US 2277458 A
Description (OCR text may contain errors)
- March 24,1942. P. SCHULTZE 9 9 8 DIFFERENTIAL DRIVING MECHANISM Filed May 2'7, 1939 2 Sheets-Sheet 1 v INVENTQR faufi Schultze ATTORNEY March 24, 1942. P. SCHULTZE 2,277,458
PIFFERENTIAL DRIVING MECHANISM Filed May 27, 1959 2 She ets-Sheet 2 I INVENTOR 1 and Schultze 7 BY ma, MW 44 ATTORNEYS Patented Mar. 24, 1942 UNITED STATES PATENT OFFICE DIFFERENTIAL DRIVING MECHANISM Application May 27, 1939, Serial No. 276,039
This invention relates to a machine element, and more particularly to a differential drive mechanism for a machine tool or the like.
One of the objects of this invention is to provide a differential speed drive which is simple and inexpensive in construction and yet thoroughly durable and reliable in operation. Another object is to provide mechanism of the above nature which is applicable to a variety of machine tools for facilitating the fabrication of work pieces of irregular peripheral contour. Another object is to provide differential speed drive mechanism characterized by driving and driven members connected by a flexible element, together with apparatus which maintains the flexible member in a taut condition. Other objects will be in part apparent and in part pointed out.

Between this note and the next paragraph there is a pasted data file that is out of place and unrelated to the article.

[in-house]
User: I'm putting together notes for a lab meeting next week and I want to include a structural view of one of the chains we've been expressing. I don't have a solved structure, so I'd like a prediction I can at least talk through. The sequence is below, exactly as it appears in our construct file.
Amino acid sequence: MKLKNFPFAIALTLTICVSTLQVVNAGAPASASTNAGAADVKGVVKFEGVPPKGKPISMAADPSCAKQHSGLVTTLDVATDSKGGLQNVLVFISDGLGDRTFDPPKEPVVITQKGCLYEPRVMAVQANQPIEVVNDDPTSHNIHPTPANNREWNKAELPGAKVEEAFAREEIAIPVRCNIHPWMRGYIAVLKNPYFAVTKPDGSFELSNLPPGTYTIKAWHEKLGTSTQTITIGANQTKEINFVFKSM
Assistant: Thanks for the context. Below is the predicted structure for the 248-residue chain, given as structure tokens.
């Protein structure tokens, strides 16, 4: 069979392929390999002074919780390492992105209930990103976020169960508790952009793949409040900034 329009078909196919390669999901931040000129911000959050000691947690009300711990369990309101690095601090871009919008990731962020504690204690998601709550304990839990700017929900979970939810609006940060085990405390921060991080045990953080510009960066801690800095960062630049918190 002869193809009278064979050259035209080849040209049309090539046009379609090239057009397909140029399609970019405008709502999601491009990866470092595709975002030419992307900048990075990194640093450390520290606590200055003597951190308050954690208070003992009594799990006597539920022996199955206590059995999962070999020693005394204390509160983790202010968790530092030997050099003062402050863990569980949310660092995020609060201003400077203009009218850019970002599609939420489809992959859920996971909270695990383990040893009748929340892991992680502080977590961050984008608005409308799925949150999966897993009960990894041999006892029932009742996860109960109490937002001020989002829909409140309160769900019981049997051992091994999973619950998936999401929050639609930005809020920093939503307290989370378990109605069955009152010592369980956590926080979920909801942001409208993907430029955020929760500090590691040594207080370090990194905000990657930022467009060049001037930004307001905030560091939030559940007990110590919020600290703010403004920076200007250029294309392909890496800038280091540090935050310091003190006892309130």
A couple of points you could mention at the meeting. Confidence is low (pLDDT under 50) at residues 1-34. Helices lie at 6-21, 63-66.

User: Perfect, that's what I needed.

The invention accordingly consists in the features of construction, combinations of elements, and arrangements of parts as will be exemplified in the structure to be hereinafter described and the scope of the application of which will be indicated in the following claims.
In the accompanying drawings, in which is shown one of the possible embodiments of my invention.
Figure 1 is a front elevation of the differential speed mechanism in one operative position;
Figure 2 is a view similar to Figure 1, but showing the mechanism in another operative position; and,
Figure 3 is a fragmentary elevation, partly in section, of the idler apparatus shown in Figures 1 and 2.
Similar reference characters refer to similar parts throughout the various views of the drawmgs,